Amid all the New Year’s talk of Putin’s chilly heart, relax. The same types who are apt to criticize France for styling itself as far more powerful than it really is bristle when Russia flexes the occasional muscle to show it can still be taken seriously. As former great powers, Russia’s weaknesses are more pronounced than those of France, but its strengths are sharper and more provocative: the Kremlin can cause a stir without resort to its veto power at the U.N. Security Council. So arms sales to Syria and nuclear partnership with Iran have been followed with next-generation missile testing and now the cutoff of gas supplies to Ukraine, which significantly impacts gas consumption across Europe. This track record, showing what some might style intransigence, is tempered by Russia’s latest announcement — that “it would restore most of the natural gas that it withheld” from European markets. But the point has been made — when it comes to energy, Russia can do what it wants, when it wants.
Should U.S. policymakers be concerned?
Not beyond the level already expressed at State. “Such an abrupt step,” spokesman Sean McCormack observed, “creates insecurity in the energy sector in the region and raises serious questions about the use of energy to exert political pressure.” But questions raised are a far-off cry from statements made. And the declarations coming out of Europe express concern controlled by confidence: in Italy (“There’s no reason to be alarmed,” Eni CEO Scaroni today told Sky Television. “There are abundant supplies”), Britain (“no big supply deals with Gazprom”), Germany (“well-prepared” for Ukrainian shutoff), Belgium (“we don’t import Russian gas”), and France — where Le Monde took offense but Industry Minister Francois Loos took a dismissive tone.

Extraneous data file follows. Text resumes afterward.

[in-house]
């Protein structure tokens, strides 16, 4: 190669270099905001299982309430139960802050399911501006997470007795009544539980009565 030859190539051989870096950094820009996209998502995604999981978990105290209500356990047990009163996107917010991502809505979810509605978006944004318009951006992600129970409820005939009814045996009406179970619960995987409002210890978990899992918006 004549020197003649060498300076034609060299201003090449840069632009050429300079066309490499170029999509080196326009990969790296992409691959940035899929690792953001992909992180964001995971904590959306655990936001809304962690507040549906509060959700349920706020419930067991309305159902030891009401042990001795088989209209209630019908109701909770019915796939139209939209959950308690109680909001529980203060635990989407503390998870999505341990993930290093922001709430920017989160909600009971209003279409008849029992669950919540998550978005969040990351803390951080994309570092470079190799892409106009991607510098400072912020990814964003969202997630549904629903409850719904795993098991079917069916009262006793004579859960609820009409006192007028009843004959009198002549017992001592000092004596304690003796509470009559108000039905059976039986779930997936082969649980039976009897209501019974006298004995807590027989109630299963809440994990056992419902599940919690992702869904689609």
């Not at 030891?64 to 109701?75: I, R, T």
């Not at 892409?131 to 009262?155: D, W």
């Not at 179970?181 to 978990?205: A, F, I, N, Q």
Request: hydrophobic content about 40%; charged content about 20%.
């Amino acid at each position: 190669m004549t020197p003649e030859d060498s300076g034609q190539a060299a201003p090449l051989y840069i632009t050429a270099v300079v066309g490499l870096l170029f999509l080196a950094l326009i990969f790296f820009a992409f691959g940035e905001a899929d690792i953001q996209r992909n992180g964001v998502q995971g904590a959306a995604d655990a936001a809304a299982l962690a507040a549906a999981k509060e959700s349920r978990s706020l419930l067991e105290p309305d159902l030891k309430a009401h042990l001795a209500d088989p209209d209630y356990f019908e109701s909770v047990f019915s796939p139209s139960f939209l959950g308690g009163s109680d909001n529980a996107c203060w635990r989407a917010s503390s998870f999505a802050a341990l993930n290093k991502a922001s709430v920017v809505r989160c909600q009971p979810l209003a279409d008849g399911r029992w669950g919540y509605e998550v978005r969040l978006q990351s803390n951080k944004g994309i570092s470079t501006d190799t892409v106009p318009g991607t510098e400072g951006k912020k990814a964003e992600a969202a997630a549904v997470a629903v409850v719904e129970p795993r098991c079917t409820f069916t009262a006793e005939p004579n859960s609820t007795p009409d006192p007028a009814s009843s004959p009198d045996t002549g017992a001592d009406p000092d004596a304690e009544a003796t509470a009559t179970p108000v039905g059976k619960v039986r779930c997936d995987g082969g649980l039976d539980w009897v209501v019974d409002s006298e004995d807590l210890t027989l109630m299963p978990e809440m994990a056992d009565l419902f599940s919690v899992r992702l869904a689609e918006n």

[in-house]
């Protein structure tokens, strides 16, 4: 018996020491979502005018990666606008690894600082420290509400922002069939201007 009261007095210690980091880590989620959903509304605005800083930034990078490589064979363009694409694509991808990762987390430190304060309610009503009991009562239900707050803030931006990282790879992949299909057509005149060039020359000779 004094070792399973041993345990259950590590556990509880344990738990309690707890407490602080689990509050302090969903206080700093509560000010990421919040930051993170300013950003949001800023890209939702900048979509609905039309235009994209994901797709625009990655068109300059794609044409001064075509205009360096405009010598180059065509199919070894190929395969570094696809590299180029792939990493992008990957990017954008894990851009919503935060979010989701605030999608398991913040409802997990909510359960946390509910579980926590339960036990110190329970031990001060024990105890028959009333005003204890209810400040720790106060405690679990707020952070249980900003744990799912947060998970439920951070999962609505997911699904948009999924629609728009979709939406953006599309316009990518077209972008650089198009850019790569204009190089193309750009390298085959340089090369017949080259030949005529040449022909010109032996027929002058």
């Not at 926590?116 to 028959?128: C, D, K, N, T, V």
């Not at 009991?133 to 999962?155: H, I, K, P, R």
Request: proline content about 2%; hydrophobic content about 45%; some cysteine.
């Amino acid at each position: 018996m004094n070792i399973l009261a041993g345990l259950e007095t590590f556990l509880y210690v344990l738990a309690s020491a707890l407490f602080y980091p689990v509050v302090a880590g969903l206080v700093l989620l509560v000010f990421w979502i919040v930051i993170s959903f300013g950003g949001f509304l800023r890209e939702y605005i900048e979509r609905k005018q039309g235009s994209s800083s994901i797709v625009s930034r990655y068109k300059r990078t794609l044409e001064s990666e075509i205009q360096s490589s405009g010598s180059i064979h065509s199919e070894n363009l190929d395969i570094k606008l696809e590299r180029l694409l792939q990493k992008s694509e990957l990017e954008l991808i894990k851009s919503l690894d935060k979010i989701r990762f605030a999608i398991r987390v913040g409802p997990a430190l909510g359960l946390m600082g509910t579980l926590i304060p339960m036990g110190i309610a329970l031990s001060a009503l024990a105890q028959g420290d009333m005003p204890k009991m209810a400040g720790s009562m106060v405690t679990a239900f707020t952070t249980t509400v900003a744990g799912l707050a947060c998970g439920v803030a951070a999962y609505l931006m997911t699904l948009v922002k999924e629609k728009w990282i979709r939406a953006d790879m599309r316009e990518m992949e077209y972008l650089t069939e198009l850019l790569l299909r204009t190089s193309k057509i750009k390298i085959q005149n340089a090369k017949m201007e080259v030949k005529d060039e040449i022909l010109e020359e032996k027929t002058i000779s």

THE TWISTING OF THE TAPS, however, isn’t all style and no substance. It’s part of a long attempt by Moscow to more normalize economic power along its European frontier. Gazprom is close to clinching a deal with Moldova. In 2002 and 2003, Russia fought for an end to cut-rate gas for Belarus — $28 to $50 for Ukraine and over $100 for European customers. And international economists agree that market prices should determine the cost of Russian gas for all its buyers. British Energy Minister Malcolm Wicks has declared, “It’s not very helpful, I don’t think, for the UK to take a view on the rights or wrongs of this.” The Washington Post quotes Vadym Karasiov, director of the Institute of Global Strategies in Kiev, as admitting that in 2005, “this was Ukraine’s problem.” He adds that since “Russia has internationalized the dispute” it is “hurting its own image,” and suggests that “[t]ime is working for Ukraine now.”
But responsibility is too evenly split between Russia and Ukraine, and the crisis too attenuated. Europe is more troubled by the frank expression of Russian economic power than it is truly affected. And Russia, in agreeing to turn the taps back up for Europe’s benefit, demonstrates just how little it stands to gain from creating market instability beyond Kiev. Since the West, particularly in the wake of the Orange Revolution, cannot abide a failing Ukraine, the EU will play a proactive role in working to make up the balance in payments. Yushchenko has rejected loans before, characterizing them as “alms” — but in that case it was Putin, not Europe, making the offer. Now, perhaps, a Western bailout package would make up an offer he can’t refuse.